Of course, something is being lost, and not everyone views this as a positive. Cleve Jones had mentioned a contrary opinion in an article in The Guardian:

“The tech bros had taken over The Mix. They commanded the pool table and the patio. These big, loud, butch guys. It was scary,” he said. “I’m not heterophobic, but I don’t want to go to a gay bar and buy some guy a drink and have him smirk and tell me he’s straight. They can go anywhere. We can’t.”

For my part, I can semi-sympathize. It’s always a little disorienting when a familiar watering hole changes without one’s consent. And I’m pretty terrified of big, loud, butch guys myself. But my positions are almost entirely the reverse of Jones (and as a side note Jones presumes those ‘tech bros’ were straight, and by extension that tech bros as a whole can’t be gay, and if that were true then just how the hell would we have gotten Grindr?).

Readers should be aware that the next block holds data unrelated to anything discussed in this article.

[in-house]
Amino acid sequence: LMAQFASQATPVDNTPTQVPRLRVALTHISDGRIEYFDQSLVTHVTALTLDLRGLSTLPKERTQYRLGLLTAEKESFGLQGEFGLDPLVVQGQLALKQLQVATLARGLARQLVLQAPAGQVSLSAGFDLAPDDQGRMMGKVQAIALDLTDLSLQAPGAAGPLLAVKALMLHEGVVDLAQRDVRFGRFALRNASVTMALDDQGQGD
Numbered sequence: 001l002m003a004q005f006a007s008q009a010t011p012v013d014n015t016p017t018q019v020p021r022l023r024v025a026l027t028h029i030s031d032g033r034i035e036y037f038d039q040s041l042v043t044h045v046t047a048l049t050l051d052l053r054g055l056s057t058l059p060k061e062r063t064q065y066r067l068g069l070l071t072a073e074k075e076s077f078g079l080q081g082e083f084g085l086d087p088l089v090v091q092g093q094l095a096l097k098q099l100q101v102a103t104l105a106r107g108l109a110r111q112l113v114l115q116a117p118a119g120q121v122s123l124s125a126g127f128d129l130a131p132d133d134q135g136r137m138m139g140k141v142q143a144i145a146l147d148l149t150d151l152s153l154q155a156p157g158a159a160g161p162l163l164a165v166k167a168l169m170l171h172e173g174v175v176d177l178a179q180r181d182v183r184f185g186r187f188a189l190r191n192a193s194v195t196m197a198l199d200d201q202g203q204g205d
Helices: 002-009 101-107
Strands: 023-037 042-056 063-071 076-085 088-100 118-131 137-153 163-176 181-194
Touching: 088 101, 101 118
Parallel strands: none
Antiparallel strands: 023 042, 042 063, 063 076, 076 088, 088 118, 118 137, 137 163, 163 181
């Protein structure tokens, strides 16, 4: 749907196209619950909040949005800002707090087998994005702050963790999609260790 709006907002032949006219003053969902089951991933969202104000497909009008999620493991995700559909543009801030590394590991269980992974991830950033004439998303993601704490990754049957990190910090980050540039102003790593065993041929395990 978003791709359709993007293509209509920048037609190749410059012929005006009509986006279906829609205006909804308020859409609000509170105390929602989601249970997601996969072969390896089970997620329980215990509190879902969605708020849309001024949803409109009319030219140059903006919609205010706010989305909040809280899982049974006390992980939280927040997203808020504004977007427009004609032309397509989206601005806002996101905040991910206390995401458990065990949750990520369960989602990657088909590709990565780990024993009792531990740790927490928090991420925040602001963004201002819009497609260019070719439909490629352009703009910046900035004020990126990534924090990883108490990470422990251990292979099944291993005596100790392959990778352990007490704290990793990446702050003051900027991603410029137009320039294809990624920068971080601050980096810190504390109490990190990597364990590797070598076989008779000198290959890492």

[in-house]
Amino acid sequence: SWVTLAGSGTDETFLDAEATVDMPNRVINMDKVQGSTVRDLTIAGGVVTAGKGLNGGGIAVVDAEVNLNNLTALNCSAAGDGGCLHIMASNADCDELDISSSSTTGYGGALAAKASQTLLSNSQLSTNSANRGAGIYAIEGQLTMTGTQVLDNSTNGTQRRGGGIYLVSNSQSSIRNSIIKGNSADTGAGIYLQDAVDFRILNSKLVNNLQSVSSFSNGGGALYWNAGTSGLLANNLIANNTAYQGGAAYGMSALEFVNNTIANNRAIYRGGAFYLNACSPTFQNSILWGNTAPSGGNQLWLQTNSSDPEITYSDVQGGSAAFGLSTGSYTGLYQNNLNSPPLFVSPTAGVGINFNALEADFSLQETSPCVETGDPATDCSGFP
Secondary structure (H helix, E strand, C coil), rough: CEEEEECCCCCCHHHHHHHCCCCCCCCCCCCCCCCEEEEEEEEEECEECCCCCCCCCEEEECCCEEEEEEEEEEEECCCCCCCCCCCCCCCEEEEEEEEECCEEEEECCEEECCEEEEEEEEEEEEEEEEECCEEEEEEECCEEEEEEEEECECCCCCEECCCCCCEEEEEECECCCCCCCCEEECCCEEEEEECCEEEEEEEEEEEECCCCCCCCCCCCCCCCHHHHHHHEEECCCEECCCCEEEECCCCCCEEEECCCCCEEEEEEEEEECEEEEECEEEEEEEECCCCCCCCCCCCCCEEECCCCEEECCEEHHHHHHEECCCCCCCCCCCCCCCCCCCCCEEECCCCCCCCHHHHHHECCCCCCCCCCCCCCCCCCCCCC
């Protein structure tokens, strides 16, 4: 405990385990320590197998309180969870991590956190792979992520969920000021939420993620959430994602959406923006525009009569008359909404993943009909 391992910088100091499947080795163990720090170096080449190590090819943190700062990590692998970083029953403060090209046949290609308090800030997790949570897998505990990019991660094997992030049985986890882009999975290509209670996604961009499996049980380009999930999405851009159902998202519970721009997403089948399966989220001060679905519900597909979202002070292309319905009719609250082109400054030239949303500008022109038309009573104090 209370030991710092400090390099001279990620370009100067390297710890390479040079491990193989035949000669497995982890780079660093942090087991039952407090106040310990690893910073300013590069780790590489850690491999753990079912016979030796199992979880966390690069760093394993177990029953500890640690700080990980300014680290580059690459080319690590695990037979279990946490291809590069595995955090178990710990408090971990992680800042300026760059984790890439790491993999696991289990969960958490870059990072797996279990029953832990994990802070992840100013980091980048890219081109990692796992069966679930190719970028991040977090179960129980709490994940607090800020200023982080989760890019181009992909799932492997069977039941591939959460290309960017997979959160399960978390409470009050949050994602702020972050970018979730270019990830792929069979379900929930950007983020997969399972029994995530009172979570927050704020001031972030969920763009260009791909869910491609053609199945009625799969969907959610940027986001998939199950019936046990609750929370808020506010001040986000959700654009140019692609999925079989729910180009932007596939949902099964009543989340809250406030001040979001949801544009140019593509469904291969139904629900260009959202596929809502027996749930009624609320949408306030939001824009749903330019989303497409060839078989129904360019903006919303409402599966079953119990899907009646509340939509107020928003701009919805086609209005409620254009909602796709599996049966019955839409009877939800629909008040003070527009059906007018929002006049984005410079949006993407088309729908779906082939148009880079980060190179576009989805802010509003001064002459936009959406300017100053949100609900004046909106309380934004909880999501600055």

I have to disagree with Jones because he can go anywhere, and so can I, and not just because either of us could pass for straight. Society has just become more accepting. And to argue from the other side of the coin, if as gays we want equality and acceptance for ourselves, then part of that equality includes allowing others into our spaces without either judgment or disapproval for their own lifestyles.